Spin Cycle

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ALBANY — Democratic presidential candidate Bernie Sanders, who has promised to speak to the issues and people not addressed by other politicians or covered by the media, met with Native American leaders this week near Syracuse.

In stops in Buffalo, Rochester and Syracuse near large Native American territories, Sanders said he would refocus national attention that’s grown fuzzy since the 1970s to address the poverty, underfunded schools, and substance abuse plaguing many Native Americans.

“We are pleased to have at least one candidate for president talk about the original people,” said Onondaga tribe Faithkeeper Oren Lyons, 86, in an interview Wednesday. “On the issue of native people, he was straight and talked the history, which is probably the most terrible history there is if you look at it, and he said there is much to be adjusted. He talked about broken treaties.

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“I think it’s a hot button, though,” Orens said of other politicians. “I heard we are a problem, that our treaties are a problem. I guess it is. If you make a promise and you don’t keep it, it’s a problem.”

Sanders met privately with Lyons, Chief Brad Powless and a half-dozen other tribal leaders before the campaign event at the Oncenter conference center in downtown Syracuse on Tuesday.

“From Day 1,” Sanders said Tuesday, “before we became a nation, the Native American people were lied to or cheated. Our nation owes the Native American people more than we could ever repay. Many of the best parts of country come from our Native Americans as they have taught us that human beings are part of nature, that we have to live with nature, not destroy it.

“But today, many of the Native American people are in deep, deep trouble,” Sanders said. He referred to high levels of poverty on some native land where the native people either didn’t turn to casino gambling allowed under federal law or found that their dependence on gambling has left them with dwindling revenue amid the rise of state-supported and Internet gambling.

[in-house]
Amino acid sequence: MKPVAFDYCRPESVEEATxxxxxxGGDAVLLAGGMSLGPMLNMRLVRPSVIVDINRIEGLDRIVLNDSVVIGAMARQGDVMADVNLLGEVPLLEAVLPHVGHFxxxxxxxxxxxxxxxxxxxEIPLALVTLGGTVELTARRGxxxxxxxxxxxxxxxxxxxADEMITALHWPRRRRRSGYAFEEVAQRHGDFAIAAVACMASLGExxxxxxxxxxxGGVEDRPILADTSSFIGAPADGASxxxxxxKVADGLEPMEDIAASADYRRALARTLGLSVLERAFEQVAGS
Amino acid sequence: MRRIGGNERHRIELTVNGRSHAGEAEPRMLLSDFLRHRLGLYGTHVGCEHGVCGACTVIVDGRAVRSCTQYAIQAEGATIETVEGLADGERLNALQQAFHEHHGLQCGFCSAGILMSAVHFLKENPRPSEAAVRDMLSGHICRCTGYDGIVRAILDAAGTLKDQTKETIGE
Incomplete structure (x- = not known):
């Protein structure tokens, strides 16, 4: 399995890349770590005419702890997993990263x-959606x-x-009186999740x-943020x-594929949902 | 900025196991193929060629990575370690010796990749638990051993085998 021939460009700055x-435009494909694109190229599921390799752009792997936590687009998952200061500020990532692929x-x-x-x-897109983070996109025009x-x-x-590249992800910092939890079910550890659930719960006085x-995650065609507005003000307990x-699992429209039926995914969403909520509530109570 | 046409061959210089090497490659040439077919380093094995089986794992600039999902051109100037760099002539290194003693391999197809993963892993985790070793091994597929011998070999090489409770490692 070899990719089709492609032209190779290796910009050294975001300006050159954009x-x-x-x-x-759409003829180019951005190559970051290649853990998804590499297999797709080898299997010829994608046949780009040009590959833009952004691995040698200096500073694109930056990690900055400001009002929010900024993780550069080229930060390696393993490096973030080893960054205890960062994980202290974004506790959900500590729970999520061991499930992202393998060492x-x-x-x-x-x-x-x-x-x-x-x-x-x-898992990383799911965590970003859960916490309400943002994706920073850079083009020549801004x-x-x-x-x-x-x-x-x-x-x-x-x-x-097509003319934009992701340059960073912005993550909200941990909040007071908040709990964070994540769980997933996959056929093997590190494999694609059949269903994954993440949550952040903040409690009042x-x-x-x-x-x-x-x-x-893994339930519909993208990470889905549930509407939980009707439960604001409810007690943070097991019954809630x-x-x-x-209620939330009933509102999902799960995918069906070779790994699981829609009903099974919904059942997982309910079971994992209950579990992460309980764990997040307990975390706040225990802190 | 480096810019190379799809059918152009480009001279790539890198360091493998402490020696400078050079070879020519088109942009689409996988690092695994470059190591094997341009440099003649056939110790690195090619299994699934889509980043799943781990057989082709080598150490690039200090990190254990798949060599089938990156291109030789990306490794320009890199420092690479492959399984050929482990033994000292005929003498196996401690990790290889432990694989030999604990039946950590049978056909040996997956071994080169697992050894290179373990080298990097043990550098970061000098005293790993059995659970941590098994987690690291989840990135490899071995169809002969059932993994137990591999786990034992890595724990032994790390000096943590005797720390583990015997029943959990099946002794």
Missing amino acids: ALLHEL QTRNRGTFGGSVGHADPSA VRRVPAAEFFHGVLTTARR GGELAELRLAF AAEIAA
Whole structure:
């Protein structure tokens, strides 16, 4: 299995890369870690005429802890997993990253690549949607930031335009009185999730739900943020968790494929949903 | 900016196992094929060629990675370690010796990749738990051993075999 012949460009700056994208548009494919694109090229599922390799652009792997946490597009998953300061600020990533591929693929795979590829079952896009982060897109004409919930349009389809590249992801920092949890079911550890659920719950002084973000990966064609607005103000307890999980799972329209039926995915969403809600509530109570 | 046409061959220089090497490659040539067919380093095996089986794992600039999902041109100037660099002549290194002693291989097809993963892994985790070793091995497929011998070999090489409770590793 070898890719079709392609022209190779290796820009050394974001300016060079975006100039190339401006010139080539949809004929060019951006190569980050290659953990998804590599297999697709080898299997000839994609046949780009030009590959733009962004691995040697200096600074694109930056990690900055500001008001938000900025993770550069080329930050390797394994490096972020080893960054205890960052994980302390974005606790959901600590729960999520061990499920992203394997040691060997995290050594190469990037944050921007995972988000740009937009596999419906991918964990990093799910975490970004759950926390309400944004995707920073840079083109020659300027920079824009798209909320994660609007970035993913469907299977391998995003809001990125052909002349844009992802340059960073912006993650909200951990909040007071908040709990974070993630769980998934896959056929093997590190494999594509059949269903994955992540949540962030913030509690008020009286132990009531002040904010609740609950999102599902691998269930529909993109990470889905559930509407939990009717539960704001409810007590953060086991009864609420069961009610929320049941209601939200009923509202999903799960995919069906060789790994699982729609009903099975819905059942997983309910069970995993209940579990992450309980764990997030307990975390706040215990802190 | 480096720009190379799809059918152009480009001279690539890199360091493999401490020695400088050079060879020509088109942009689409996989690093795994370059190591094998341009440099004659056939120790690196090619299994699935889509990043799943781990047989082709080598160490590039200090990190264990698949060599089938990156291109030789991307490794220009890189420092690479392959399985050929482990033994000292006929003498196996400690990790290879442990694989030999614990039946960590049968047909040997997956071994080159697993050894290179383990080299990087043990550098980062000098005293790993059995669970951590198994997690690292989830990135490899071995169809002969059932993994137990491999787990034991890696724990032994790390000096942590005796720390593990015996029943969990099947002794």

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New York is among 15 states with 100,000 or more Native Americans. The U.S. Census Bureau states that the poverty rate for Native Americans nationwide was 28.3 percent in 2014, the highest rate of any race group. The national poverty was 15.5 percent.

“As president of the United States, we will reform our relationship with the Native American people,” Sanders said.

In a rare moment in the heat of a campaign, Sanders met days before Tuesday’s New York primary with the tribal leaders who represent people who don’t vote. The Iroquois nation tribe, steeped in traditional values and sovereignty, however, has for decades had great influence with Native American groups nationwide dating to the 1890 Wounded Knee massacre; most of those groups vote. Those Native Americans live in important presidential politics states, including California and smaller states such as New Mexico, Arizona and the Dakotas where the native peoples’ vote could help swing a close election, Lyons said.

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“Bernie has understood that and has taken the initiative,” Lyons said. “It would be interesting to me to see how the other candidates react to that. So far, nothing.”